Pastor Mistitt leans back in his office chair staring at the ceiling as the words from his book tumble over the cerebral cortex of his brain. “The definition of leadership is simply influence,” he whispers to himself.
“Wow, what a concept. I can use that at our next leadership meeting!”
Shelves crammed with books on leadership, Mistitt consumes all he can on the subject. Names like Schaller, Maxwell, Hybels, and Covey are repeated in the scores of volumes stuffed on his office walls. Pastor Mistitt longs to train leaders in his church but many people turn out to be disappointments. Managed church issues at the Board level often evolve into predictable arguments, shouting, division, and resignations.
Maybe the failure is where we initiate our pursuit. While many Christian writers espouse insightful perspective on the subject, it is not where we must start. Turning to the New Testament books of I Timothy and Titus, it is clear that ecclesiastical leadership begins with character. Both of Paul’s associates, Timothy and Titus were instructed to select leaders in the churches based on demonstrated integrity.
Too often, pastors and church people are impressed with secular values in the selection of Board members. A person’s accumulated seminary degrees, life-of-the party-personality, money, high visibility in the community often get priority consideration. In contrast, Scripture spotlights proven character.
By the Book
The qualifications of an Elder originate in a man’s home. His effective spiritual influence with his wife and children (I Timothy 3:4, 5) provide the undergraduate classroom for shepherding God’s people. Paul queried … “if a man does not know how to manage (govern, rule, and give direction) his own household, how will he take care of the church of God?” Proper influence in the church begins with effective spiritual influence in the home.
From there, shepherd-leaders are people who put love for God and others over love for self. They are servants. People in and outside the church know these men live by the Christian values they advocate.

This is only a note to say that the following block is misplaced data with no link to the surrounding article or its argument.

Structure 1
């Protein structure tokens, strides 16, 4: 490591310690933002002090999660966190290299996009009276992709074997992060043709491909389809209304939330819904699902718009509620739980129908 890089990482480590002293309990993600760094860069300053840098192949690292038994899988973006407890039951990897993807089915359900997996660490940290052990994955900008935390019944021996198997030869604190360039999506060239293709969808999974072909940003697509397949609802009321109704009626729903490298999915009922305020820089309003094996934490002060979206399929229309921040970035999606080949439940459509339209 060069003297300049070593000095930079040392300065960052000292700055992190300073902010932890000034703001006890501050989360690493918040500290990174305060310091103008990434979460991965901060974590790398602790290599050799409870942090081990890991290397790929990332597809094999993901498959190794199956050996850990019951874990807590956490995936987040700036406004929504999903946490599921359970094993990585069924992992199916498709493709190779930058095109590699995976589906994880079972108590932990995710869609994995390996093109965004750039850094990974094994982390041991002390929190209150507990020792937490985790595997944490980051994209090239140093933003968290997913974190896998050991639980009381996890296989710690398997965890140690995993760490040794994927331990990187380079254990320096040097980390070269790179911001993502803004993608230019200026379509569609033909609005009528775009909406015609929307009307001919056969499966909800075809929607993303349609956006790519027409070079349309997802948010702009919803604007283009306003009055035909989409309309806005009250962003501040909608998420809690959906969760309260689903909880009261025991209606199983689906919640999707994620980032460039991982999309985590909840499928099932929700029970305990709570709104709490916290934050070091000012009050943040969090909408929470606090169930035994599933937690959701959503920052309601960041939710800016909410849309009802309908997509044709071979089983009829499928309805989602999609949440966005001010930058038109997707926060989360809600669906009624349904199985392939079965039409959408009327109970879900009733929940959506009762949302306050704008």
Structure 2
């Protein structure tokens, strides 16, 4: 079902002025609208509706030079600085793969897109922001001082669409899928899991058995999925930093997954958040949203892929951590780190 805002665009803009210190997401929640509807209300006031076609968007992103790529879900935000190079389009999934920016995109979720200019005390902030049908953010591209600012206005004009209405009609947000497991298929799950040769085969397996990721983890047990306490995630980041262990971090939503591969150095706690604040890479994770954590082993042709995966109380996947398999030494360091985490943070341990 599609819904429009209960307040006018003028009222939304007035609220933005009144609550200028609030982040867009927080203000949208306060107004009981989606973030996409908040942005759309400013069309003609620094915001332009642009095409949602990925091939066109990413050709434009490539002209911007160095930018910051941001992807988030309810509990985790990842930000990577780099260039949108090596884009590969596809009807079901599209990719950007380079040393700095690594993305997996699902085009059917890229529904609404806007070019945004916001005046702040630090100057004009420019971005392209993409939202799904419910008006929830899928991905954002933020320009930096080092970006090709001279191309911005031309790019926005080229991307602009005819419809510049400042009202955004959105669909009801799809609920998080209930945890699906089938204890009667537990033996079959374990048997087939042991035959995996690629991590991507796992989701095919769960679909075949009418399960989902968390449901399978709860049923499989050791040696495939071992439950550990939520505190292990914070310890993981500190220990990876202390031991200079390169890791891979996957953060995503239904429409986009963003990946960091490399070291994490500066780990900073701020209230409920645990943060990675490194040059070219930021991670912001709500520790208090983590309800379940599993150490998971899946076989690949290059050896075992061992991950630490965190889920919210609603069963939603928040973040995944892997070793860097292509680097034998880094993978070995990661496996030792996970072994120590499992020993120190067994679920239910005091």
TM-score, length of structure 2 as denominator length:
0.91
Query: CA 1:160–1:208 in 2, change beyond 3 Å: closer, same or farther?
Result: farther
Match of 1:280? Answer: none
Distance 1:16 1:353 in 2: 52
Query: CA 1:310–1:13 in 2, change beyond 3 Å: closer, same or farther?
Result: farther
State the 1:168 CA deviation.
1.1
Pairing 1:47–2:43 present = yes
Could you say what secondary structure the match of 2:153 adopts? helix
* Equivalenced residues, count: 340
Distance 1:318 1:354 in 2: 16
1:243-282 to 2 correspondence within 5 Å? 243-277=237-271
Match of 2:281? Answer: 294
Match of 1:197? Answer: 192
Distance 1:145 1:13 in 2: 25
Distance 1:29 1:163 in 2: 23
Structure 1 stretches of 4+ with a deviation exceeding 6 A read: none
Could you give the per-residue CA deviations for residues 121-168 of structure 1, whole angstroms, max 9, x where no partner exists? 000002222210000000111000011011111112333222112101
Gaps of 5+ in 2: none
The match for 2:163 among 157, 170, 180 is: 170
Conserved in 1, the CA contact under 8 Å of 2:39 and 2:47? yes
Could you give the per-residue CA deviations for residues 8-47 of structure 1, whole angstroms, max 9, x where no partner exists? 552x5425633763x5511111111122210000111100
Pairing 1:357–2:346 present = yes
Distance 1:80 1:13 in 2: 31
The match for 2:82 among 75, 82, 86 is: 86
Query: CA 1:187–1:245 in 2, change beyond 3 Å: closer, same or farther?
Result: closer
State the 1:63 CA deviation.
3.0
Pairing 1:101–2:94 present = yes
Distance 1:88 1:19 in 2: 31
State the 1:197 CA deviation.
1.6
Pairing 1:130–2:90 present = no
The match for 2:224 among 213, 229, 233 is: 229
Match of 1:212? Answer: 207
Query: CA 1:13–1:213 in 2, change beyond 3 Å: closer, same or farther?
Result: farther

When a church congregation sloshes through disunity, unresolved conflict, and unclear direction, it always exposes inadequate unbiblical leadership. The spiritual climate of God’s people rises no higher than the maturity-level of the leaders. Confronting and resolving interpersonal conflict is basic to managing and protecting the flock. Church under-shepherds must address and resolve the sticky-people-issues of the congregation with spiritual maturity and integrity.
Pastor Mistitt needs to go back to the fundamentals of biblical leadership. A thorough review of Jethro’s counsel in the Old Testament will help. Then there are the leadership values Jesus instilled in His disciples to consider. The character qualities disclosed in I Timothy 3 and Titus 1 cannot be overlooked. These passages indicate that leaders always effect, they always influence people and set the spiritual climate of the congregation.
A church leader is an influencer. The qualification for leadership is clearly outlined in God’s Word. These values are not necessarily based on skill, gifts, or success in the secular market. Leadership among God’s people begins with proven character. — by John McIntosh
John McIntosh is an associate pastor at the Grace Brethren Church in Simi Valley, Calif., a congregation that he led for 29 years.